ICOs Delivering Average Returns of 1,320%
In its new report ‘Tokenisation: Implications for the venture capital industry’, Mangrove Capital Partners highlighted that the performance of ICOs ‘has been nothing short of outstanding’ with blind investment in each ICO, including those that failed, generating an average return of 1,320%. The research also found the majority of large-scale ICOs (i.e. those over $10m) is focused […]
In its new report ‘Tokenisation: Implications for the venture capital industry’, Mangrove Capital Partners highlighted that the performance of ICOs ‘has been nothing short of outstanding’ with blind investment in each ICO, including those that failed, generating an average return of 1,320%. The research also found the majority of large-scale ICOs (i.e. those over $10m) is focused on either the blockchain economy or financial services industry.
The report explains how ICOs could dramatically change capital raising for startups by allowing founders to “raise significant capital (perhaps even all the capital they could ever need) in one early round of fundraising without giving away any equity in the business”. It also explains the benefits for investors, with the disruptive new funding mechanism bringing liquidity, accountability and transparency to investing in private companies.
While the report acknowledges that the performance of ICOs is linked it the rapidly ascending value of ether – which has risen from around $8 at the start of the year to a high of $390 in September – it attributes ether’s rising value to the growth in ICO fundraisings and increasing demand for tokens. Furthermore, it predicts “the value of ether will continue to rise as more businesses opt to issue tokens and the ICO market matures.”
The report also suggests that a growing market for ICOs will lead to a decreasing requirement for venture capital and that ‘the balance of power would likely tip from the investors to the entrepreneurs’, with mid to late stage financing hit hardest. It explains how ICOs could have significant implications for the VC operating model with venture firms losing their various rights, which cover everything from board and governance issues through to economic rights in certain situations. It suggests they may also need to adopt a more active trading strategy more akin to hedge funds as investment in private companies becomes more liquid.
“ICOs do not put VCs out of the game. They are free to take capital and invest in startups of any kind, and, subject to authorisation from their own investors, could just as easily invest through Crypto into ICO as with FIAT into equity or convertible debt,” comments Skype’s former chief operating officer Michael Jackson, partner at Mangrove Capital Partners. “However, the rhythm of a weekly partners meeting and a monthly investment committee won’t work in an active environment responding to real world events.”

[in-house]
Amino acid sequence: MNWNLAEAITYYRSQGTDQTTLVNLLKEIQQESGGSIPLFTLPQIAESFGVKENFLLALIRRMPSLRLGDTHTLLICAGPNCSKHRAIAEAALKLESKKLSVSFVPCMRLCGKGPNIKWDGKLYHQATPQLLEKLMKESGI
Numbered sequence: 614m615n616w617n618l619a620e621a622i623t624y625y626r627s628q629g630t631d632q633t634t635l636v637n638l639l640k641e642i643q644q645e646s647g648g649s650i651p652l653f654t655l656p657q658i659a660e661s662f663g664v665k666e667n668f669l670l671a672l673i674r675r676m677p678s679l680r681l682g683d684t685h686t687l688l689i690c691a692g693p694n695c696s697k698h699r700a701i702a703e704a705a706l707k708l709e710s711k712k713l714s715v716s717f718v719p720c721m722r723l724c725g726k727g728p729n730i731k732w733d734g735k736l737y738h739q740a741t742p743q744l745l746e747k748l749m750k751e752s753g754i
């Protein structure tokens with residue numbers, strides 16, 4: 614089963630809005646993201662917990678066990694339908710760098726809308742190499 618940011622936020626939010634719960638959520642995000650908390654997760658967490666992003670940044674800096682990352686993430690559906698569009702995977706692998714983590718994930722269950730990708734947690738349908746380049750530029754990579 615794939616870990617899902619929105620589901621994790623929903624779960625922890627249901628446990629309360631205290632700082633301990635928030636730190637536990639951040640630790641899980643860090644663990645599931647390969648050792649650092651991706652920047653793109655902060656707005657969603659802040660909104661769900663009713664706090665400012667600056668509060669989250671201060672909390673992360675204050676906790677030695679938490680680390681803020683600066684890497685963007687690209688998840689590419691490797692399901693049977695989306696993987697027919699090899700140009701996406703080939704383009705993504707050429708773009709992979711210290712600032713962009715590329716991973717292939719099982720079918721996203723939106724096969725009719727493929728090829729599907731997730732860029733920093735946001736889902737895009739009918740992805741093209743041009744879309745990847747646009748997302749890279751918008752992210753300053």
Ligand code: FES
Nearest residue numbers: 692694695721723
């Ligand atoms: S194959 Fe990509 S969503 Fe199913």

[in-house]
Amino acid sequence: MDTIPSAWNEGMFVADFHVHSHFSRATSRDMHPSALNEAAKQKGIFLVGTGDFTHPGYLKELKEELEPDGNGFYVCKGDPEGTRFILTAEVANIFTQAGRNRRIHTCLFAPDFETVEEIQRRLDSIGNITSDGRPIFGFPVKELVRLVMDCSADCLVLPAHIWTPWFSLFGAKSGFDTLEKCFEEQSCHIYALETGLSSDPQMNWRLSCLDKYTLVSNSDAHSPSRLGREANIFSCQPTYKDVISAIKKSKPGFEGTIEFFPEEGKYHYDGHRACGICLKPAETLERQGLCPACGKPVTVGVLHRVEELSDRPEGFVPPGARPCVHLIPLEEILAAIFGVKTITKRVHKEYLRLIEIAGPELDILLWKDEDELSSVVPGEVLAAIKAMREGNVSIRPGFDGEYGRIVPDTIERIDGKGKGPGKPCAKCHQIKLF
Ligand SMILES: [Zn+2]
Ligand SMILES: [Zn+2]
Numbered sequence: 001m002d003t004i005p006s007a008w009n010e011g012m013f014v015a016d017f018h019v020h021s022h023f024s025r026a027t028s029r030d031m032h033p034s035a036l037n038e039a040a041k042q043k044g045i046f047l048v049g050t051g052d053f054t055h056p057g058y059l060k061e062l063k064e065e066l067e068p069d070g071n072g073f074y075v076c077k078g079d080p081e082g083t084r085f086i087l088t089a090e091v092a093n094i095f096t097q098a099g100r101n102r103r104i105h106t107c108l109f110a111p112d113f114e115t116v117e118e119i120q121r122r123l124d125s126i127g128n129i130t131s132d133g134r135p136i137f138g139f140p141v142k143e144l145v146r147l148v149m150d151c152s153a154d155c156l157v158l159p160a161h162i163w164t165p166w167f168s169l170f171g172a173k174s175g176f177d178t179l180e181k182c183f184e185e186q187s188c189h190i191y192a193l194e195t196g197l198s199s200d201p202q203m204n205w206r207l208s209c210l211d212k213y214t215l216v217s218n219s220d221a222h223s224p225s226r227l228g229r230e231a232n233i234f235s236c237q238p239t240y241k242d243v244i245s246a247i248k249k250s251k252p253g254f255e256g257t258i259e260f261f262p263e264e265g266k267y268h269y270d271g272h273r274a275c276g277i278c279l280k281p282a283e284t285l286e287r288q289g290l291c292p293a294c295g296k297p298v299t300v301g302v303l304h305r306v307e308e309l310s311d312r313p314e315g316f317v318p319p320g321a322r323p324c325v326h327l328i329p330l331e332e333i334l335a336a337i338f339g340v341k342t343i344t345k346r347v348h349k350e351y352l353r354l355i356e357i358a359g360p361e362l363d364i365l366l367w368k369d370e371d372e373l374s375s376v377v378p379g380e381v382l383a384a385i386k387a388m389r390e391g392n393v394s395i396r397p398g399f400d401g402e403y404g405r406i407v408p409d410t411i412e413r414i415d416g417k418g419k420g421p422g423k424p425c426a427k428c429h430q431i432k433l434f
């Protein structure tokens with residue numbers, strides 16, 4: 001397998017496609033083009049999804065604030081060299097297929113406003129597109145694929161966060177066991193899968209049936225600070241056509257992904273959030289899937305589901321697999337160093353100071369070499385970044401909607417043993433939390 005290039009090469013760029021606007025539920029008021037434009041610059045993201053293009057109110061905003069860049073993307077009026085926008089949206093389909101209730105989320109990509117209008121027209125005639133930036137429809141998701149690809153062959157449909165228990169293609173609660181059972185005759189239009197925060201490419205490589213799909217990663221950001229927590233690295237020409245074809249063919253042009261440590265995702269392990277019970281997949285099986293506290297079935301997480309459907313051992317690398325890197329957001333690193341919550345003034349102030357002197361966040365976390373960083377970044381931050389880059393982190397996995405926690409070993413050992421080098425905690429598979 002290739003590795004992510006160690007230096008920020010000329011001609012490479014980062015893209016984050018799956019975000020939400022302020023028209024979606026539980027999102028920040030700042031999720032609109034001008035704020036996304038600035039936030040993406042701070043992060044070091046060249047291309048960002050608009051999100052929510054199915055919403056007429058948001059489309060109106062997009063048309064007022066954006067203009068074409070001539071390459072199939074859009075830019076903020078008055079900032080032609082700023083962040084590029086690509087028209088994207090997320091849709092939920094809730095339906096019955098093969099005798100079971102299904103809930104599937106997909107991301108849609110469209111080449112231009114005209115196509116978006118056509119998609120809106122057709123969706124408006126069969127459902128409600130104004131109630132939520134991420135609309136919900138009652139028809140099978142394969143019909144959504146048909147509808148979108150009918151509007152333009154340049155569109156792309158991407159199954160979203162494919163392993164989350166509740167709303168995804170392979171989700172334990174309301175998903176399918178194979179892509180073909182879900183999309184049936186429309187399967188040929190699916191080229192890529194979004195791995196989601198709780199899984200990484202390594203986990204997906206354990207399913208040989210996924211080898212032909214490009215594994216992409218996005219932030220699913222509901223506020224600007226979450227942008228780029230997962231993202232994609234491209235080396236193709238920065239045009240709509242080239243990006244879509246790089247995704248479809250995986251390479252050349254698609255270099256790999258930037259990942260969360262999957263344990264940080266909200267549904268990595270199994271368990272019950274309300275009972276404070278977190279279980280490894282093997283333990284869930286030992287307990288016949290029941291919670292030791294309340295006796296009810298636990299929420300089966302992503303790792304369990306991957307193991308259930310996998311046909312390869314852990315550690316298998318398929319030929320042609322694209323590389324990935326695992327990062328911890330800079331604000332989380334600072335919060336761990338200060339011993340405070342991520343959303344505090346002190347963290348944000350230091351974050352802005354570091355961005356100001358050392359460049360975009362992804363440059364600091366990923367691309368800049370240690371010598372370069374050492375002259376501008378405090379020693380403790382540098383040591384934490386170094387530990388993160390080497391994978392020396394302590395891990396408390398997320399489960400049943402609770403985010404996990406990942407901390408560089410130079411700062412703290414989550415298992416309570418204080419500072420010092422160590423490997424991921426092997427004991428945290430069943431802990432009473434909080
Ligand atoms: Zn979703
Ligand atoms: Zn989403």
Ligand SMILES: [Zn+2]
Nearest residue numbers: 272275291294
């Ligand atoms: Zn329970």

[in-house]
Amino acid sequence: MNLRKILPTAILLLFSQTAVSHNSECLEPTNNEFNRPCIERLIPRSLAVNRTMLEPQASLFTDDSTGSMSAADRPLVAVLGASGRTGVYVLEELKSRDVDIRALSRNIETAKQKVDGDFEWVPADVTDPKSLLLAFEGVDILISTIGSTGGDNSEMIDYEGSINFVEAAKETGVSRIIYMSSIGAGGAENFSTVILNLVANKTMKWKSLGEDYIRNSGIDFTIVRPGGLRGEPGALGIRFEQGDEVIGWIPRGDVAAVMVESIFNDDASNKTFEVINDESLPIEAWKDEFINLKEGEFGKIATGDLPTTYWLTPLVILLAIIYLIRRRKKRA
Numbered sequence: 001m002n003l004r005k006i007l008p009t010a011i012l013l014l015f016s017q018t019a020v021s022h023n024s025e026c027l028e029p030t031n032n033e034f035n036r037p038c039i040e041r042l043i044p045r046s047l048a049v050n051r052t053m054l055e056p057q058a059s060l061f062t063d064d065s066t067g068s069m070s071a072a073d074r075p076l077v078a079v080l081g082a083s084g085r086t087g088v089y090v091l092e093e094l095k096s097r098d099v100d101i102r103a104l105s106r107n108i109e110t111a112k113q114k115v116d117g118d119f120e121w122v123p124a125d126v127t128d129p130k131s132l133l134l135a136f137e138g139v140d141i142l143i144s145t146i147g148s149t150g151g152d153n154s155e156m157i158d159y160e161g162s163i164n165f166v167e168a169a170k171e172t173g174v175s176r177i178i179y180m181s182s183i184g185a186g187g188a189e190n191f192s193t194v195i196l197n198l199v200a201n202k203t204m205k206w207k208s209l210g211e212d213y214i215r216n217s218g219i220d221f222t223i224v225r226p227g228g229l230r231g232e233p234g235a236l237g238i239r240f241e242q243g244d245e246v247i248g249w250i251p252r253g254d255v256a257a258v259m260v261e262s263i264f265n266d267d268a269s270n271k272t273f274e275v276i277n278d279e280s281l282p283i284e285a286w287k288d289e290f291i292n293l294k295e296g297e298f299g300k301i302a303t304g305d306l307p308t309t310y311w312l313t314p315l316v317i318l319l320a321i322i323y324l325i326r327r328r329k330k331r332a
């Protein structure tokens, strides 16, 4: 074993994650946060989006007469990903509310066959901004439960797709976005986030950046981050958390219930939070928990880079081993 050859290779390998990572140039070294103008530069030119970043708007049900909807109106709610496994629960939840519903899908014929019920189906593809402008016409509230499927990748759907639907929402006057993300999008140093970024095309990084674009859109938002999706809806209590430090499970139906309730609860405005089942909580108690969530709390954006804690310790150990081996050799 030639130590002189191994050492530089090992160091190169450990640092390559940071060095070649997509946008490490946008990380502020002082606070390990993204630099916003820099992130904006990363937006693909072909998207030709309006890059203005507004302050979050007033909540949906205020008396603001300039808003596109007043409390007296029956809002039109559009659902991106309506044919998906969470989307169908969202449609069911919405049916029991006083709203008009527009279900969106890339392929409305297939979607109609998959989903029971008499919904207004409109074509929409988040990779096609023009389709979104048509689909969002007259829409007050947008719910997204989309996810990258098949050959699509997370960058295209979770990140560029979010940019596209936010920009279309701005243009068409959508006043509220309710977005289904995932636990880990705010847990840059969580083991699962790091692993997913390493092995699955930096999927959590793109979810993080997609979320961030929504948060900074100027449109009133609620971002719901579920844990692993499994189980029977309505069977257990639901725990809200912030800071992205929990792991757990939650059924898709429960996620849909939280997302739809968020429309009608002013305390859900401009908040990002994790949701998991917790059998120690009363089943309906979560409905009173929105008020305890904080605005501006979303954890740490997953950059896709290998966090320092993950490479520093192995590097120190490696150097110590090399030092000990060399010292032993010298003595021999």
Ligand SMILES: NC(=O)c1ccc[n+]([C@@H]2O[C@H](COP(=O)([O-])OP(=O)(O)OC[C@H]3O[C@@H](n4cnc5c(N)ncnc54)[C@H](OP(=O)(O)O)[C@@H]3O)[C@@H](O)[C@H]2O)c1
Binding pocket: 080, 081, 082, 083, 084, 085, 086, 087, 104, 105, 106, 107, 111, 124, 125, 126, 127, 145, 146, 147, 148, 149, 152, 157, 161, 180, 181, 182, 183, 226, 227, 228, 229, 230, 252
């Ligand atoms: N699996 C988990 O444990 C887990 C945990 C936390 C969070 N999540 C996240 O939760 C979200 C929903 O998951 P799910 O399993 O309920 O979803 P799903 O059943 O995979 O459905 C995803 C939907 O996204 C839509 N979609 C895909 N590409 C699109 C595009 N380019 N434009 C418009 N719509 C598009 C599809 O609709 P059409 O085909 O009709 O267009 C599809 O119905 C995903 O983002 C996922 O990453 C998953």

Mangrove’s report also suggests that regulated exchanges could be established to protect investors from fraud: “Interestingly, many projects today fit into existing regulatory frameworks and, with small changes to implementation rules, could easily be accommodated without anything other than a better understanding…In the mid term, it would be logical that a parallel structure to existing stock exchanges will be created – likely geographically and then vertically..” continues Michael Jackson, partner at Mangrove Capital Partners.
Background on ICOs:
– The initial coin offering (ICO) market has since grown at a dizzying pace – with over $3bn raised through issuances of token-based digital currencies since the start of the year.
– San Francisco’s Protocol Labs Inc., for example, raised $253 million in an ICO to build a network with blockchain technology on which digital storage can be bought and sold using the Filecoin tokens
– ICOs have of course attracted considerable controversy and for good reason. ICOs currently lack a robust regulatory framework and do not confer any of the ownerships rights and legal protections that regulated shares do.
– In September China banned ICO funding, stating that it had “seriously disrupted the economic and financial order”
– UK regulators have warned consumers they are “very high-risk, speculative investments” and that investors “should be prepared to lose their entire stake”.
What is a token?
A token is a digital asset based on blockchain technology that can be transferred between two parties without the need for a central intermediary. Tokens created using the Ethereum blockchain can have a variety of attributes attached and, with “smart contracts” added, they articulate, verify and enforce agreements between parties. The ERC-20 token standard, defines a common list of rules for all Ethereum tokens to follow and has made launching tokens on top of the Ethereum blockchain very straightforward.
What is an Initial Coin Offering?
The use of ERC-20 tokens has led to a new method of raising capital known as an Initial Coin Offering (ICO) in which projects issue tokens to investors in exchange for digital currency such as bitcoin or ether. The tokens allow investors to use the digital services that the startup plans to produce or even sell them if they appreciate in value.
(Source: Mangrove Capital Partners)